Review: Trinity College Music Society 2020 Orchestra Concert
Oliver Cope coped impressively
The Trinity College Music Society's concert saw an eclectic programme convincingly delivered by the 2020 Orchestra under Oliver Cope, wherein the venue, Trinity Chapel, served the works of the three current music students well.
The first half of the concert was comprised of these three new pieces – Witches' Sabbath (Ignacio Mañá Mesas), La Vie Après la Mort (Thomas Chesworth) and The Transformation of Nebuchadnezzar (Rajan Lal) – which were grouped together into a cycle ‘Three Legends’, and all three pieces were furnished with detailed programmes.
First up was Ignacio Mañá Mesas' Witches’ Sabbath, inspired by a painting by Francisco de Goya which depicted an interaction between Satan and a group of witches. This was represented as a dialogue between a solo saxophone – in this case played by the composer himself – and the orchestra. Frequently jagged and gleefully ritualistic orchestral writing was pitted against haunting – and at times deafening – saxophone cries, a performance that was enhanced by the solo saxophone first being heard out of sight, from the organ loft. After the audience established that the unashamedly rude wails echoing from the rafters of the chapel were a saxophone and not someone being slowly murdered, the drama unfolded as the composer descended from the organ loft; the programme notes that the piece portrays the devil’s presence becoming ‘more and more tangible’, and this was most certainly the case as Ignacio walked up the aisle at the end of the piece, brandishing a saxophone.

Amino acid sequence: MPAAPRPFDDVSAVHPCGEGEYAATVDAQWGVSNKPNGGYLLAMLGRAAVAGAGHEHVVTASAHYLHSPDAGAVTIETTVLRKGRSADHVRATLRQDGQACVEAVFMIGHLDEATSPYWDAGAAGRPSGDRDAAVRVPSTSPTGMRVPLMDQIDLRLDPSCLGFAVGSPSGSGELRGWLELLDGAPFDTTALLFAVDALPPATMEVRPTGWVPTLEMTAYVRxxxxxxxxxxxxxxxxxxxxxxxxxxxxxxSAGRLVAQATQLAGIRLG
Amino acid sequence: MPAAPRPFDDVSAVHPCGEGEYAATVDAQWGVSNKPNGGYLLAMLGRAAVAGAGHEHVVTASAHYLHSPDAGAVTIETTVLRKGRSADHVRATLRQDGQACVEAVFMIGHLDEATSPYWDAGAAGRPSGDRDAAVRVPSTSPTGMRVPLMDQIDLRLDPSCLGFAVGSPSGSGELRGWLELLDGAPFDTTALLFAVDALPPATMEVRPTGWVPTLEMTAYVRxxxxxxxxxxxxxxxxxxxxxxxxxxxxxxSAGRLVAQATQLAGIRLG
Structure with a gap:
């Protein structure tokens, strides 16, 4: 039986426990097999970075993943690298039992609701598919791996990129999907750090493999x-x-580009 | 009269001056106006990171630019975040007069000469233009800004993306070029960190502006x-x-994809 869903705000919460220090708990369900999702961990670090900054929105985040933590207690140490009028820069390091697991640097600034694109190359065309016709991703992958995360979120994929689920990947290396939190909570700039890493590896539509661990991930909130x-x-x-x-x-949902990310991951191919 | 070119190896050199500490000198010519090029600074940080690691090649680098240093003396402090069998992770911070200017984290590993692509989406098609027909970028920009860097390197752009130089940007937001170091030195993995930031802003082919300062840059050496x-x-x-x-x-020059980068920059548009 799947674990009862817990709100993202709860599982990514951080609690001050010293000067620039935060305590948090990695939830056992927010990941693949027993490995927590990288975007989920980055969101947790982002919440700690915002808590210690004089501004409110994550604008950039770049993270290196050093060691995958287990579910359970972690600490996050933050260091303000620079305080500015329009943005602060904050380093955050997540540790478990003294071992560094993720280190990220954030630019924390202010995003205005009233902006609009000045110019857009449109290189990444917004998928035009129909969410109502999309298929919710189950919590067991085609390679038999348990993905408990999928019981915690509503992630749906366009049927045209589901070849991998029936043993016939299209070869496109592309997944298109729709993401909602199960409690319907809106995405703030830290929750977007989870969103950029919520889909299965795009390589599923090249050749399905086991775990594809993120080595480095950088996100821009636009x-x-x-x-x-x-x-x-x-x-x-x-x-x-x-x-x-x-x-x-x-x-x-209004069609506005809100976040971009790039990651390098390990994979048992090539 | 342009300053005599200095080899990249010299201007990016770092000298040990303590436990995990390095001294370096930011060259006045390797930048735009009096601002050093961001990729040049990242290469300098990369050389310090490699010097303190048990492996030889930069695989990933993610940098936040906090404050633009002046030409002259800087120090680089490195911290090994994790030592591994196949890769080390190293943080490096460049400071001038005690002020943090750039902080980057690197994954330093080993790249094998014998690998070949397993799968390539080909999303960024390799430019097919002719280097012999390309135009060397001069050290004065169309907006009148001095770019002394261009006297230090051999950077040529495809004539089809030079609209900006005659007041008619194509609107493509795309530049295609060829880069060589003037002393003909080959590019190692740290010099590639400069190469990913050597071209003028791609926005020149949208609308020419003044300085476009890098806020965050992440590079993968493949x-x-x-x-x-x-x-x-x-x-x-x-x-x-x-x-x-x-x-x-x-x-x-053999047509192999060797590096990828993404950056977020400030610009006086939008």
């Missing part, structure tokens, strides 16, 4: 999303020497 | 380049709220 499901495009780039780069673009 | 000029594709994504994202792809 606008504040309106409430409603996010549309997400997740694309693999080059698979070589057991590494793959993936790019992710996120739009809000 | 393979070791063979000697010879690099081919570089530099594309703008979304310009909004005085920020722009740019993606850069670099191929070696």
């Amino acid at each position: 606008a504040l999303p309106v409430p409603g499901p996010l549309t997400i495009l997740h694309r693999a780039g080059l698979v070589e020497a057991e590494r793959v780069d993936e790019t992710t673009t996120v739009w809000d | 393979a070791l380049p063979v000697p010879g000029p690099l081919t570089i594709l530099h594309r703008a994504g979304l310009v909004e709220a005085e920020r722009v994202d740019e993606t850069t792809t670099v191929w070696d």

Rajan Lal’s piece was also inspired by a painting – Blake’s Nebuchadnezzar – and portrayed a king’s journey from torment and ruin to redemption. Whilst it was just as faithful to its programme as Witches’ Sabbath, this piece replaced the sound world of a fiery exchange of dissonant insanity with that of lush romantic harmony; tritone suspensions resolving tantalisingly upwards, its painfully rich orchestral textures and a ‘triumphantly decadent finale’ masterfully conjured up all kinds of images of the king on his journey.
Where these two pieces presented a chronologically conceived narrative, Thomas Chesworth's La Vie Après la Mort wallowed instead in a timelessness that appeared to play out the ‘continuum between the polarities of Heaven and Hell’ (to quote the programme) by presenting various musical reflections of the afterlife organically morphing into one another. The piece began with a sunrise of glowing strings, after which the ebb and flow of the music went on to bathe the chapel in a sound so natural that it would be easy to forget the immensely skilful scoring that underpinned it.
Ravel’s piano concerto concluded the first half, featuring Lucy Walker as the soloist. Her superb musicianship was evident throughout, but perhaps most obvious in the slow movement, in which the sparse orchestral textures of the beginning and end allowed the delicate deliberateness of every single note in the piano to come across.
Beethoven’s Symphony No. 2 formed the second half of the concert and made a satisfying contrast with the first. Whilst it appeared to suffer slightly from a lack of rehearsal, Cope guided the orchestra confidently through the work, and the generally impressive performance that resulted is therefore testament to the high calibre of the orchestra and its conductor. Special mention must also go to whoever choreographed the conductor’s dance routine.
Excellent musicianship and an atmospheric venue combined to make this a wonderful concert, certainly worthy of 4.5/5 stars.
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